He simply wants to see what will happen with his November test and gauge the possibility of a return to competition after that. "I have to see if I can, and if I want to come back. I have to be 100 percent competitive."
Staying with Rahal Letterman Racing is part of the program. "They've been behind me the whole way and, if the test goes well a few questions remain to be answered. You can't deal with it until you know" the results of a day on the track. "They've been extremely loyal to me during this difficult period and, while it's possible I might go to another team if I'm ready to race," Brack doesn't think that would be the case.
He doesn't spend time thinking about what could have been or what might be in store for himself. Why do this again? "I go at it from the standpoint of having to rebuild my whole body. I know I need time to get up to speed and there's a lot of work involved in doing so. I'm not interested," Brack insisted, "in anything but being competitive and I know it requires a lot of work.
"I've been very clear about my objectives and am prepared to make the best possible choices" when the time comes. Until then why bother?
The prospective of road and street races is quite compelling to Kenny Brack, who got his racing start on those types of tracks. The fact that the IndyCar Series is going to road courses "is very positive for the IRL. Particularly with the street race [in St. Petersburg, FL next April 3] it's a great opportunity to bring the product to fans. It's very good for the series.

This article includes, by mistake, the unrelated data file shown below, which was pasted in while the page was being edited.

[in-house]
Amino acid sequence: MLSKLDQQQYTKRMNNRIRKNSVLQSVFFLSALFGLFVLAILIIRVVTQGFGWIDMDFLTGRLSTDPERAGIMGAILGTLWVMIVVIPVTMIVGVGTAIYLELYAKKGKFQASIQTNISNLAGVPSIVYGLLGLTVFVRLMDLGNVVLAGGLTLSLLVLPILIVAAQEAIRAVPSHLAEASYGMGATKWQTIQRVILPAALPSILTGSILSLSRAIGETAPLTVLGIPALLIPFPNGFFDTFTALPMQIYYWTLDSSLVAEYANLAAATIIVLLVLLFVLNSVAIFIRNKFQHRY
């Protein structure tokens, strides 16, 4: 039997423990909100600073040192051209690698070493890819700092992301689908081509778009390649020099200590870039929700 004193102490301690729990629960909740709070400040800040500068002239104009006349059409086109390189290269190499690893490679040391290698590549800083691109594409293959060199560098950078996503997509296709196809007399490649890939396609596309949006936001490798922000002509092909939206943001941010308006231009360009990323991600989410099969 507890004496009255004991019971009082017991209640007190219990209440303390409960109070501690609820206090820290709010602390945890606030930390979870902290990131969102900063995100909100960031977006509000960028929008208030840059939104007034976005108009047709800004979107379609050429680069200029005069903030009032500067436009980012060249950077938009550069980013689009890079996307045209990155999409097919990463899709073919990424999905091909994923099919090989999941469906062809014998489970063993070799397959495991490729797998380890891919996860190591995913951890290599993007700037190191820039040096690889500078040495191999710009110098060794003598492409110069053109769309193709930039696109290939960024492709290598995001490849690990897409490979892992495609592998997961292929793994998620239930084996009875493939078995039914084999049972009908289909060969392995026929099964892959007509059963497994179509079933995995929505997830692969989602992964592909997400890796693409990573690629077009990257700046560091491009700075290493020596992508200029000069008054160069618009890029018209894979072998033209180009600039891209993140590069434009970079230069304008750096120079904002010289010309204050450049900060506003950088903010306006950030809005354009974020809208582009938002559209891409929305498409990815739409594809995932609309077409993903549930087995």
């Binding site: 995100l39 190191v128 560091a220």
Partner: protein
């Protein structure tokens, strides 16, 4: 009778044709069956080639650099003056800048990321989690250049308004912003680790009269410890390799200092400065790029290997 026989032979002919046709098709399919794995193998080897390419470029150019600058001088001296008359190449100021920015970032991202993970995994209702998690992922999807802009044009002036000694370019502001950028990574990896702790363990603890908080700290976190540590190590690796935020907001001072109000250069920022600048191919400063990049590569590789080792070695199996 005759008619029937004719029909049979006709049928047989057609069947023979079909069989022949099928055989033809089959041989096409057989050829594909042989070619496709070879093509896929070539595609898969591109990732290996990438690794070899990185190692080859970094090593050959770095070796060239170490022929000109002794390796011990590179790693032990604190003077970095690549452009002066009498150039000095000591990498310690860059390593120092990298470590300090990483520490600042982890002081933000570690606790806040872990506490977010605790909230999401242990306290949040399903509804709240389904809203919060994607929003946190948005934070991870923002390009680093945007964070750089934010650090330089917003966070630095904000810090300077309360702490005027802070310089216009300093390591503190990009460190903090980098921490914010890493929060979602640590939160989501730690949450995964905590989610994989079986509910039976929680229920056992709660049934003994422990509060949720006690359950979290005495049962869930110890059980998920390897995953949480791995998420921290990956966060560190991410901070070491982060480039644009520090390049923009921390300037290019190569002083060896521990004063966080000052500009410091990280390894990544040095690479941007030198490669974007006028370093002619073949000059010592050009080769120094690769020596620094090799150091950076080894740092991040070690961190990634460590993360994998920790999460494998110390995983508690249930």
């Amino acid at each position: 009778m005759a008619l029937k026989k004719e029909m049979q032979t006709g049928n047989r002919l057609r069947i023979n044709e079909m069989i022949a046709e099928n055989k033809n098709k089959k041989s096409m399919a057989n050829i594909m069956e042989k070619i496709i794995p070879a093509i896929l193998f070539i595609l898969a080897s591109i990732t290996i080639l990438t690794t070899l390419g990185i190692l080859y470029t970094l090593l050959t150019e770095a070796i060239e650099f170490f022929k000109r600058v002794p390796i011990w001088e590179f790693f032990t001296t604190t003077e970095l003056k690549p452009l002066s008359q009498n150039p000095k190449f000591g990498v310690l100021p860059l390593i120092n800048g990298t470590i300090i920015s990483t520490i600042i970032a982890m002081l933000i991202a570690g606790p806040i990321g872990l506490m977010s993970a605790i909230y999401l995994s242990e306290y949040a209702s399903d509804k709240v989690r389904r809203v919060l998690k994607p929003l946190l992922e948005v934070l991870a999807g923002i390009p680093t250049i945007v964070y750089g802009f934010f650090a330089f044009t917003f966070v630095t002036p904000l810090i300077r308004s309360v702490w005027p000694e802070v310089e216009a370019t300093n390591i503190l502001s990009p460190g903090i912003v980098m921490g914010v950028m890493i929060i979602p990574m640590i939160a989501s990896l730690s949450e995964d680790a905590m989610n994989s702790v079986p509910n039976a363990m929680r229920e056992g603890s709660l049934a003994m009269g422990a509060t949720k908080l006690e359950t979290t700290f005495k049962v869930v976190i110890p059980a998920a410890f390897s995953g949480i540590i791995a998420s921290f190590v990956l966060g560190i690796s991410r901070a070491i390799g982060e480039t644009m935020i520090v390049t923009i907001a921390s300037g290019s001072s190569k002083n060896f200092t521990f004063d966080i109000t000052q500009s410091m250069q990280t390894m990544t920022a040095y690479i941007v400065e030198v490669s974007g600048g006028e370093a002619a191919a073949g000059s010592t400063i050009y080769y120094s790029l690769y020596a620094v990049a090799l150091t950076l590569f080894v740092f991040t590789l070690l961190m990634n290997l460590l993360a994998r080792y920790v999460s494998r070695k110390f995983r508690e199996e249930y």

"I enjoy ovals but I've always been competitive on road and street courses," Brack reminded. "I won races in FIA Formula 3000 and CART on the road and street courses and both disciples have their charms. It is a very positive thing to diversify," he said.
"The IRL has made changes to the cars and they've put in the SAFER walls, but the teams, engineers and manufacturers are trying to make the cars faster" even as the League instigates measures to slow them down. "They're trying to keep things under control, but this type of racing has always been more risky than any other."
The type of close competition emblematic of the League is "great for the fans and extremely exciting with all the passing. This is an extremely competitive series. We run close, wheel-to-wheel on the ovals. Drivers most of the time walk away but there's always the chance you can get hurt. There's no change to my perspective. I'm very aware" of the dangers.
What Kenny Brack needs in his life is the physical challenge of racing and, while wife Anita would likely "prefer me not to go back, she will support my decision. I don't see that as an influence" on whether he returns to racing or not.
That's why, when it is time to go test again in an Indy car, Kenny Brack will find a most physically-taxing track on which to challenge himself, staying away from superspeedways such as this weekend's venue, Texas Motor Speedway. "I want to put myself through the toughest possible situation" to determine fitness for competition. "There won't be 20 cars around me so a superspeedway isn't the best possible place."
Competing in "15-20 races a year, you know you're going to whack the wall at some point. You've got to feel strong enough to take that; you've got to have the stamina and strength to be ready if something goes wrong. I always felt like a cat in the car. You could throw me out a window and I'd bounce back. When I tested in June, I wasn't ready for that type of abuse."
Will he be ready in November? The way Kenny Brack looks and professes to feel this October 12th, he could be ready for prime time. Only that elusive test will tell, though, and Kenny's not ready to worry about it until it's time to do so.